The aim of the TeXworks project is to lower the entry barrier to the TeX world by creating a simple cross-platform TeX front-end. Today I downloaded and experimented with a TeXworks prototype. The project is still in an early stage of development, but it was an enjoyable experience and I want to share with you some early impressions.

Installation

TeXworks is not officially released so there are no installers available. Windows as Os X users can download binaries from the Google code project page. For other platforms you currently have to build it from source. The windows version consists of a single executable and several library files. You just unzip them to a folder of your choice and run the program.

Editor

TeXworks offers a simple and uncluttered user interface:

The editor seems to support most of the common “must have” features like syntax coloring, spelling, automatic indentation, unicode, and code completion.

While typesetting a document the output from TeX is shown in an output panel. This is fine, but when an error occurs TeXworks does not show where in the source code the error originated. More intelligent error handling is on the developers’ todo-list.

PDF preview and SyncTeX

What I like most about TeXworks is its integrated PDF previewer with SyncTeX support.

I have configured WinEdt to use Synctex and Sumatra PDF, but it was not trivial. With TeXworks everything worked right out of the box. PDF and source code synchronization is a really useful feature. When Ctrl+right clicking in the editor the corresponding line in the PDF is highlighted. You can also do the reverse operation from the PDF viewer. This usually works, but there currently seems to be some issues with documents that consists of multiple source files.

The PDF viewer is based on Poppler and works surprisingly well. It even manages to render the TikZ and PGF manual correctly (something SumatraPDF and Foxit does not manage):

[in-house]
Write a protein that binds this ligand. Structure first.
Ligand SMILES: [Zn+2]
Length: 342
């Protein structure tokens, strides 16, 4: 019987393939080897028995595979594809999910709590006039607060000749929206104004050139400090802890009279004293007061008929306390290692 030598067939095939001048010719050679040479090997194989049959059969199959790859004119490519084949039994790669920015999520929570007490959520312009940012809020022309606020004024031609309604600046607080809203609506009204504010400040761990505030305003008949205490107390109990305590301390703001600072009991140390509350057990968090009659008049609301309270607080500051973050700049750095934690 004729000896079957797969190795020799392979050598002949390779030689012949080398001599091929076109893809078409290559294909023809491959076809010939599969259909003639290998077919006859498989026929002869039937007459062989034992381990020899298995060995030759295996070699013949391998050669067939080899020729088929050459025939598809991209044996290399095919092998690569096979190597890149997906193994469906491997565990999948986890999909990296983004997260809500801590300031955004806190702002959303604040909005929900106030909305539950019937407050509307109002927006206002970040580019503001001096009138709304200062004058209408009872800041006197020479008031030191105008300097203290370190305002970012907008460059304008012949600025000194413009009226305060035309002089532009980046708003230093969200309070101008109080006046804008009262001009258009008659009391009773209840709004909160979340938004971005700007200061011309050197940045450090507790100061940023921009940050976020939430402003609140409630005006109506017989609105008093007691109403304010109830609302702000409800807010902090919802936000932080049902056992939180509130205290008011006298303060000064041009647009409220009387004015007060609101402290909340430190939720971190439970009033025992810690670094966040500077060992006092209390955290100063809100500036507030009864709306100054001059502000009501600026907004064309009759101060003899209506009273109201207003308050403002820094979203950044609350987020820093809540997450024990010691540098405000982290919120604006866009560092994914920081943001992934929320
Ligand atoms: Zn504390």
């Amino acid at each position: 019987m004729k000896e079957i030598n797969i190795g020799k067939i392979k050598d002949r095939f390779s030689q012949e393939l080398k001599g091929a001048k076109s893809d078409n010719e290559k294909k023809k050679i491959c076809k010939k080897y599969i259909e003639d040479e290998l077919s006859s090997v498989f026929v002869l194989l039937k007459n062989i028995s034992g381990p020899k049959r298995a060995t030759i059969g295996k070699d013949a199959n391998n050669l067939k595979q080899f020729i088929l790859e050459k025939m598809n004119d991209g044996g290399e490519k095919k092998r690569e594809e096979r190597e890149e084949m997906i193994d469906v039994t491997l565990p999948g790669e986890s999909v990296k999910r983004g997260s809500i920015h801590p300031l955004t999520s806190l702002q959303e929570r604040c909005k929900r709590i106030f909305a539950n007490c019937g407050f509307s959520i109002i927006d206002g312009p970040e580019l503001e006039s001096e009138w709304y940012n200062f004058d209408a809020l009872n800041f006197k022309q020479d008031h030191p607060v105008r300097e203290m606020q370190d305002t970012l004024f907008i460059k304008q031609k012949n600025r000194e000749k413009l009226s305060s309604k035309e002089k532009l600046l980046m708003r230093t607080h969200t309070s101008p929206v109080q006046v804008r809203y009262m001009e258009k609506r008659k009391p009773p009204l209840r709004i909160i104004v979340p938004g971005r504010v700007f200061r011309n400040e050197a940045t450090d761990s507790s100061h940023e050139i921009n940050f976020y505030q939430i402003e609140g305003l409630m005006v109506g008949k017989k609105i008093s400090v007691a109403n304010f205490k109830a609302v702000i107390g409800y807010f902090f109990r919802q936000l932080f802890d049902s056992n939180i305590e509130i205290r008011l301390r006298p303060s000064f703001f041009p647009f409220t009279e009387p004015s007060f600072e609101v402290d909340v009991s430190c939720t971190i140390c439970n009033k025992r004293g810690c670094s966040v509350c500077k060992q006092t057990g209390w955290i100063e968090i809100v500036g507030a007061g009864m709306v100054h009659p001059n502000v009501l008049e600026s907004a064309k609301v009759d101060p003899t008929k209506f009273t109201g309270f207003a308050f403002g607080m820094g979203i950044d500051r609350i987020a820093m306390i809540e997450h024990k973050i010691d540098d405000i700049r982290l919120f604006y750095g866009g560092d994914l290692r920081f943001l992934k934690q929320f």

Summary

TeXworks is still in an early stage of development, but from what I have seen it is a very promising project. I believe its uncluttered interface and integrated previewer will lower the barrier to the TeX world for new users. It should also appeal to more experienced users. Currently it lacks documentation and some basic functionality and customization hooks, but I’m sure this will be sorted out soon.

Thanks Jonathan Kew and other contributors for the work you have put into this project.

Comments

  • #1 Joseph Wrigh, November 29, 2008 at 10:42 a.m.

    Nice overview of the current state of TeXWorks. I'm also using it after using WinEdt, and as I never use most of the icons in the later I find TeXWorks to be ideal.

  • #2 Kjell Magne Fauske, November 29, 2008 at 1:32 p.m.

    Thanks Joseph. WinEdt is a powefull editor, but I have only used a tiny fraction of its features. I have now started to use TeXworks for smaller documents.

  • #3 Cameron Bracken, December 29, 2008 at 9:28 a.m.

    At first glance this seems very similar to TeXShop for Mac OS X (which is my prefered editor). The magnifying glass, SyncTeX support, minimalistic layout and even the hot keys are the same.

    At least for the Mac this program has a long way to go to rival TeXShop.

  • #4 Kjell Magne Fauske, December 29, 2008 at 11:47 a.m.

    You are right Cameron. The developers of TeXworks don't hide the fact that they have been inspired by TeXShop. For most Mac users there is probably no reason to switch from TeXShop to TeXworks.

  • #5 Jürgen Fenn, December 29, 2008 at 5:16 p.m.

    TeXworks is not being developed for Mac users in the first place, but for Windows and Linux users that do now have a mathematical or scientific background. I think for them TeXworks would be a good thing, indeed. Thanks for testing, Kjell Magne!

  • #6 Cameron Bracken, December 29, 2008 at 9:58 p.m.

    I am happy that the approachability, simplicity and elegance of TeXShop has finally been realized. Hopefully this will lead to "TeX-boom among [other OS than Mac] users."

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